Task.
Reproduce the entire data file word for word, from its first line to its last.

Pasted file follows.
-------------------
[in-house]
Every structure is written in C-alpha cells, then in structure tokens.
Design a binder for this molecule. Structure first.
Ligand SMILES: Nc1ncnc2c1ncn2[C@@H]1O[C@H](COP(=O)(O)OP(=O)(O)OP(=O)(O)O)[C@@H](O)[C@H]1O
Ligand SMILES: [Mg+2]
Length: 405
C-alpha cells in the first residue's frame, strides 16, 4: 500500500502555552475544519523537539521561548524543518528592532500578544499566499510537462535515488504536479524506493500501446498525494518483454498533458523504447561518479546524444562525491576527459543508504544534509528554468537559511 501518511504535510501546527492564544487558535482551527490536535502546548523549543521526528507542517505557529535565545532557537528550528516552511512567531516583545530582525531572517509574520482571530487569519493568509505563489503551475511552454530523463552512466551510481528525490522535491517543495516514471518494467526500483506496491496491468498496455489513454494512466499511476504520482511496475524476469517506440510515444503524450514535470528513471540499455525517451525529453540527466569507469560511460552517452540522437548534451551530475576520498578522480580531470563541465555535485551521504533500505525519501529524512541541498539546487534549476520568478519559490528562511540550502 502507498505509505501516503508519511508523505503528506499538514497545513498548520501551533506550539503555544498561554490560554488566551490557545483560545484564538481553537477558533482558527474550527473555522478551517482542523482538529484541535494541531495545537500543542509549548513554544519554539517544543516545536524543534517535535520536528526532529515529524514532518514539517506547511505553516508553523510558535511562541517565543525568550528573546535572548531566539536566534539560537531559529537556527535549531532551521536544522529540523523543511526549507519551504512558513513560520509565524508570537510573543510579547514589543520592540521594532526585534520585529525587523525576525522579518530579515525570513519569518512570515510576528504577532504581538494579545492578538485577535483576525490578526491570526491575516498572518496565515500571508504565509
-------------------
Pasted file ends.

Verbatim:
[in-house]
Every structure is written in C-alpha cells, then in structure tokens.
Design a binder for this molecule. Structure first.
Ligand SMILES: Nc1ncnc2c1ncn2[C@@H]1O[C@H](COP(=O)(O)OP(=O)(O)OP(=O)(O)O)[C@@H](O)[C@H]1O
Ligand SMILES: [Mg+2]
Length: 405
C-alpha cells in the first residue's frame, strides 16, 4: 500500500502555552475544519523537539521561548524543518528592532500578544499566499510537462535515488504536479524506493500501446498525494518483454498533458523504447561518479546524444562525491576527459543508504544534509528554468537559511 501518511504535510501546527492564544487558535482551527490536535502546548523549543521526528507542517505557529535565545532557537528550528516552511512567531516583545530582525531572517509574520482571530487569519493568509505563489503551475511552454530523463552512466551510481528525490522535491517543495516514471518494467526500483506496491496491468498496455489513454494512466499511476504520482511496475524476469517506440510515444503524450514535470528513471540499455525517451525529453540527466569507469560511460552517452540522437548534451551530475576520498578522480580531470563541465555535485551521504533500505525519501529524512541541498539546487534549476520568478519559490528562511540550502 502507498505509505501516503508519511508523505503528506499538514497545513498548520501551533506550539503555544498561554490560554488566551490557545483560545484564538481553537477558533482558527474550527473555522478551517482542523482538529484541535494541531495545537500543542509549548513554544519554539517544543516545536524543534517535535520536528526532529515529524514532518514539517506547511505553516508553523510558535511562541517565543525568550528573546535572548531566539536566534539560537531559529537556527535549531532551521536544522529540523523543511526549507519551504512558513513560520509565524508570537510573543510579547514589543520592540521594532526585534520585529525587523525576525522579518530579515525570513519569518512570515510576528504577532504581538494579545492578538485577535483576525490578526491570526491575516498572518496565515500571508504565509